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Many people and municipalities turn to road salt to de-ice wintry streets and sidewalks. Unfortunately, road salt poses serious environmental and water contamination risks. Just one teaspoon is enough to contaminate 5 gallons of water, making removal via reverse osmosis extremely expensive. Moreover, the health of humans, pets, wildlife , aquatic organisms, vegetation, soil and infrastructure are heavily impacted as road salts enter the environment, seeping into groundwater and draining via runoff into freshwater estuaries. At the forefront of advocating for better practices on road salt use is the Izaak Walton League’s Winter Salt Watch program. Just last winter, the League dispensed 500 chloride test kits to volunteers across 17 states. Tests showed consistently high levels of chloride ions in waterways surrounding eight major metropolitan areas, signaling excessive misuse of road salts. This year, the League has sent out a batch of chloride test kits to more than 200 new volunteers. Related: The Ocean Cleanup reveals the Interceptor to remove plastic pollution from rivers “Our goal is to not only make residents aware of the impact road salt has on local streams but also give them the tools to advocate for changes to road salt practices that will decrease salt impacts while keeping roads safe for drivers,” explained Samantha Briggs, the League’s Clean Water Program Director. Road salts are mainly comprised of sodium chloride, ferrocyanide (an anti-caking substance) and impurities like aluminum, cadmium, calcium, chromium, copper, iron, magnesium, manganese, nickel, phosphorus, potassium and zinc. All of these components are contaminants in water and exacerbate salinity levels. What risks do they pose? The sodium chloride, for instance, breaks down into sodium (Na+) and chloride (Cl-) ions. Sodium in drinking water is unhealthy for individuals suffering from hypertension, or high blood pressure, which explains the EPA’s measure of monitoring sodium content in public water supplies. Meanwhile, the American Society for the Prevention of Cruelty to Animals (ASPCA) has issued warnings regarding road salt ingestion and dangers to paw health of pets. Paw exposure to road salt exposure begets irritation, inflammation and cracking that leads to infection. When road salt is licked off paws or eaten, pets can exhibit vomiting, diarrhea, depression, disorientation, cardiac abnormalities, seizures, coma and even premature death. As for wildlife impacts, once road salt enters a body of water, it is nearly impossible to remove. This adversely affects bird, amphibian, mammal, fish and aquatic plant populations. Road salt in the environment elevates both salinity stress and osmotic stress, which are associated with aberrant development, nutrient uptake degradation, toxicosis, weakened immune systems, low reproductive levels, population decline and mortality. When road salt damages vegetation, that creates losses in food resources, shelter and breeding sites. Similarly, road salt’s presence accelerates infrastructure corrosion and structural integrity. Streets, highways and bridges are all subject to damage as road salt impairs asphalt and creates potholes. The corrosion extends to vehicles, as repeated salt exposure increases rusting and damage to critical vehicle components, according to the American Automobile Association (AAA) . Even more worrisome, road salts damage water pipes, causing toxic metals, like lead or copper, to leach into drinking water. To promote awareness and best practices regarding the hazards of de-icing, the Izaak Walton League has been pushing for “smarter ways” of using road salt, especially with “alternative approaches that include brine or sand application.” For those interested in volunteering as a stream monitor with the League’s Winter Salt Watch program to help gauge water quality and road salt risks, a free chloride test kit can be ordered here . + Izaak Walton League of America Image via Eddie Welker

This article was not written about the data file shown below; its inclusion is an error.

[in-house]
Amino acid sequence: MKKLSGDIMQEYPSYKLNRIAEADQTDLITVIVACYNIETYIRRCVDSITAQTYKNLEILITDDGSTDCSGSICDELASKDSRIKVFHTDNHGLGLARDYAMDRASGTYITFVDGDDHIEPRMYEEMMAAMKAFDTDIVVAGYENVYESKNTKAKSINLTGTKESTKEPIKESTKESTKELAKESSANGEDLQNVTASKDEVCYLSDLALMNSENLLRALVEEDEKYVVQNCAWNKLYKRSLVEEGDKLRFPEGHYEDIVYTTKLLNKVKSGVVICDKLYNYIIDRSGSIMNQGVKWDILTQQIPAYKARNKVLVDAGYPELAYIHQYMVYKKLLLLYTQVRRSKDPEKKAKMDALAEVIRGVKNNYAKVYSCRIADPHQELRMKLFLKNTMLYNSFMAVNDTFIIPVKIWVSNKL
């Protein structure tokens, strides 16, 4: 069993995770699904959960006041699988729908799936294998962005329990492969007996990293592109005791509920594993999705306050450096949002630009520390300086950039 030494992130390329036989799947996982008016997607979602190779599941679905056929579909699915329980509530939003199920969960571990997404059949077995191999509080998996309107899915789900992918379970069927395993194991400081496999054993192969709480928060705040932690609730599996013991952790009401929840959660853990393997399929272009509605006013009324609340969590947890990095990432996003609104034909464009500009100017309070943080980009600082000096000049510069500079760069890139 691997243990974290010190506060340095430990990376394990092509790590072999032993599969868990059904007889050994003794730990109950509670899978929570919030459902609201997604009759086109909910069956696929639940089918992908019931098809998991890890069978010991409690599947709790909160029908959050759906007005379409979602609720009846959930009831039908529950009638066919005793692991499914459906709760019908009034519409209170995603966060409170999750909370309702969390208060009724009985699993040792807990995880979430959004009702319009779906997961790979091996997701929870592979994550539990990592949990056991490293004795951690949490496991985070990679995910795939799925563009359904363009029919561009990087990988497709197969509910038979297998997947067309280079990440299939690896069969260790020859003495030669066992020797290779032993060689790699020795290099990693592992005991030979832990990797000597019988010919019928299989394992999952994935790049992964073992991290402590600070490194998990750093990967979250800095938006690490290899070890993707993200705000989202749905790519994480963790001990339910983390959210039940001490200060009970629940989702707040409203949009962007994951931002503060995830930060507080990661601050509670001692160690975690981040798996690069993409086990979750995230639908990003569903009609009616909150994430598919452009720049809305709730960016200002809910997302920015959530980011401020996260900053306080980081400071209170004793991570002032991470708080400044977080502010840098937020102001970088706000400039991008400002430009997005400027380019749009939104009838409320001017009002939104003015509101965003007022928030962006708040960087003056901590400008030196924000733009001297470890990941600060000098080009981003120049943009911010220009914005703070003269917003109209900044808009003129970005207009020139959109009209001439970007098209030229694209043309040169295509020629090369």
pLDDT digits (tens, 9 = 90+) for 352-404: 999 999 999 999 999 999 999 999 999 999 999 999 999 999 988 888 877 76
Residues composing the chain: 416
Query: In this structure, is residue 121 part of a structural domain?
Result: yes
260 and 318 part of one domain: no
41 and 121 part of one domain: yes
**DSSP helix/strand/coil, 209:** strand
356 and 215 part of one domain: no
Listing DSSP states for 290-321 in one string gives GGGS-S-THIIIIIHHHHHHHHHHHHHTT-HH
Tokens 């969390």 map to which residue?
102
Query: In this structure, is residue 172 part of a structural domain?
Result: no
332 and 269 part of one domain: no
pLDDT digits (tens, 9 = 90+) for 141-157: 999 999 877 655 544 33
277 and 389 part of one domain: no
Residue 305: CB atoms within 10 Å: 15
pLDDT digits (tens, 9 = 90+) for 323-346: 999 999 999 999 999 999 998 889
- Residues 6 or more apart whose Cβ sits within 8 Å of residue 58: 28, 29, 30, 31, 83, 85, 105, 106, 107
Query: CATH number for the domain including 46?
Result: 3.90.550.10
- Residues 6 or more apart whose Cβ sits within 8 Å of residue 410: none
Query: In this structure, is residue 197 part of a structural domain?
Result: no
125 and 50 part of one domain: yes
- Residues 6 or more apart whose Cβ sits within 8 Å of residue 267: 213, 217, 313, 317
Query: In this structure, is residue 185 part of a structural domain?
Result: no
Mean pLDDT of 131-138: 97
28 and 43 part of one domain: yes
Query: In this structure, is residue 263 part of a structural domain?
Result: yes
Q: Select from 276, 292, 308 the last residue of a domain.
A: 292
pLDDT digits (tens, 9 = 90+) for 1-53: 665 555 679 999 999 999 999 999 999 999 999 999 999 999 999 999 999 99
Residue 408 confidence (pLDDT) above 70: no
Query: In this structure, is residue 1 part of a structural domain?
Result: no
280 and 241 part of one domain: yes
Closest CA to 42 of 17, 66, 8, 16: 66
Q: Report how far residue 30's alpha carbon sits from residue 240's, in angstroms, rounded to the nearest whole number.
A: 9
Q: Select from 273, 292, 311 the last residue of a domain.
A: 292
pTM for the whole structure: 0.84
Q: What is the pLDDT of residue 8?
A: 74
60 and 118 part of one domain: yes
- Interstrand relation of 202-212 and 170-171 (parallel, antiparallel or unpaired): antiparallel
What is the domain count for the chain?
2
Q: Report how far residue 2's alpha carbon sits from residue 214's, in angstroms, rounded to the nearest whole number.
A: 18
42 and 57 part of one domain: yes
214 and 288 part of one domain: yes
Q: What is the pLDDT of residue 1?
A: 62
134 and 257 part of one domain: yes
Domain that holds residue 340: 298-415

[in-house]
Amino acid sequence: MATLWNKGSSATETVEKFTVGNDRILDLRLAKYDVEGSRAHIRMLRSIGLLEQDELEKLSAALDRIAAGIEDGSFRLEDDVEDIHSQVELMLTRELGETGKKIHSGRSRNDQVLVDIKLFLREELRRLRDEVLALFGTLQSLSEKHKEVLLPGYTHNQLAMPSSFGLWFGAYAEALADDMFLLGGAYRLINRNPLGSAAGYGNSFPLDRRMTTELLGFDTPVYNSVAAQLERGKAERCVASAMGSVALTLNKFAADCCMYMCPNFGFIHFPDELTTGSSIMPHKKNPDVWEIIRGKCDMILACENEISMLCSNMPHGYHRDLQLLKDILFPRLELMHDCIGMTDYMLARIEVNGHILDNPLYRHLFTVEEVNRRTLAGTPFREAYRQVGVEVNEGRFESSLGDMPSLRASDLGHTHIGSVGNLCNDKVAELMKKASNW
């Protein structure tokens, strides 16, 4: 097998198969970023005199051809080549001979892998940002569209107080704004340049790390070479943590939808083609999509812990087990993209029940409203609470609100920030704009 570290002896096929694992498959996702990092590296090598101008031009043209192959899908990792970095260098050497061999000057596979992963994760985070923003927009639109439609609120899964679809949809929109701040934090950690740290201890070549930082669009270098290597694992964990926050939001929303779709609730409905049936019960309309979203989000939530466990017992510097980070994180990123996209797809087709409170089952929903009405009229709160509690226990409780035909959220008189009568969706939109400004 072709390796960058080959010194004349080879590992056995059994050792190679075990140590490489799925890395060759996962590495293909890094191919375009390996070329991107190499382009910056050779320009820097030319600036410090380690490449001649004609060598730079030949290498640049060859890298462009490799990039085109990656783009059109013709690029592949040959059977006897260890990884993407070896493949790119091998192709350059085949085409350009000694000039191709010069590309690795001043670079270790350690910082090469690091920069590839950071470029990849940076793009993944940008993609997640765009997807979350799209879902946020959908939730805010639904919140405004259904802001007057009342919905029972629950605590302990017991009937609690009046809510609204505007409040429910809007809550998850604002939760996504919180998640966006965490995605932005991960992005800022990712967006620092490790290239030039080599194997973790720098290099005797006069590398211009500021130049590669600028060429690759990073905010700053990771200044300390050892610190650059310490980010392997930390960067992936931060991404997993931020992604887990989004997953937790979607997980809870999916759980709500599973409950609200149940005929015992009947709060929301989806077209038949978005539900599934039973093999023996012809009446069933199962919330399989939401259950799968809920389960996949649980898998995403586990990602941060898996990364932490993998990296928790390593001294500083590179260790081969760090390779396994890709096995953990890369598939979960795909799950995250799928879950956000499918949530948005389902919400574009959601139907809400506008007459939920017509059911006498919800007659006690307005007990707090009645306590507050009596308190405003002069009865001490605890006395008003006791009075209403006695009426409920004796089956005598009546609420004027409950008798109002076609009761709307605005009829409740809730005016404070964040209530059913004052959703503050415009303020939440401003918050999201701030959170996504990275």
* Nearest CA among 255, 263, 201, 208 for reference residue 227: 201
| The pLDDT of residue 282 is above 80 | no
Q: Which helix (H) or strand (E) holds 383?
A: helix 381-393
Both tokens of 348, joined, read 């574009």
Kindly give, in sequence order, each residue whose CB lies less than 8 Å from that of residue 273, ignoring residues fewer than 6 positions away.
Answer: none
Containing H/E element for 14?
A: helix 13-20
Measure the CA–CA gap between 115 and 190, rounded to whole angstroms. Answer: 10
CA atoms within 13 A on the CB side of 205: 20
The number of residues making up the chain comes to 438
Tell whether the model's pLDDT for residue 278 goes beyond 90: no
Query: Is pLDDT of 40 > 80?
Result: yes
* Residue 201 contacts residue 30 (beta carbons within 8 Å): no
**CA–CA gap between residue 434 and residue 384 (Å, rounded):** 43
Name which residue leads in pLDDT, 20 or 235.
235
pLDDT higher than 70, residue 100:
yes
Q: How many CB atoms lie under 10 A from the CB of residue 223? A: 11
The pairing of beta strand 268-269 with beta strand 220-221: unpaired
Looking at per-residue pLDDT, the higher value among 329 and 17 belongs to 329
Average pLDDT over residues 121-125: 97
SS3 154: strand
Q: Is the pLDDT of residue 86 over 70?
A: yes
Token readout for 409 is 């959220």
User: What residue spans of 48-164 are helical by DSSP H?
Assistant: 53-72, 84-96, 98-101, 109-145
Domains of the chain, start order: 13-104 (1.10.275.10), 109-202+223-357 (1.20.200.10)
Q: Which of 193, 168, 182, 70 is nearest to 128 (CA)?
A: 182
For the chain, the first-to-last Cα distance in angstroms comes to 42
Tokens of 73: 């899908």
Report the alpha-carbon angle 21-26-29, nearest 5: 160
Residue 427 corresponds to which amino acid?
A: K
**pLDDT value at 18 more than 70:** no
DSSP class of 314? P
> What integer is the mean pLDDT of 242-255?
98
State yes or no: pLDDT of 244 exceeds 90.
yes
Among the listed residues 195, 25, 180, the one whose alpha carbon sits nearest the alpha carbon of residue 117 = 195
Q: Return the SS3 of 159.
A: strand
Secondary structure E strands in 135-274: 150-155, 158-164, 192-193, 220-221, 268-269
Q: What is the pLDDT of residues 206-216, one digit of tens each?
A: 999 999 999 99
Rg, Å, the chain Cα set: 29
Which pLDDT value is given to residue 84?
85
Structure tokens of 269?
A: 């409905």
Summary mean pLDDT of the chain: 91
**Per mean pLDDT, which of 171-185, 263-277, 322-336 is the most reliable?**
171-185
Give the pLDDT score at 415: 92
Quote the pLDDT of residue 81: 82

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Excessive road salt threatens public health and wildlife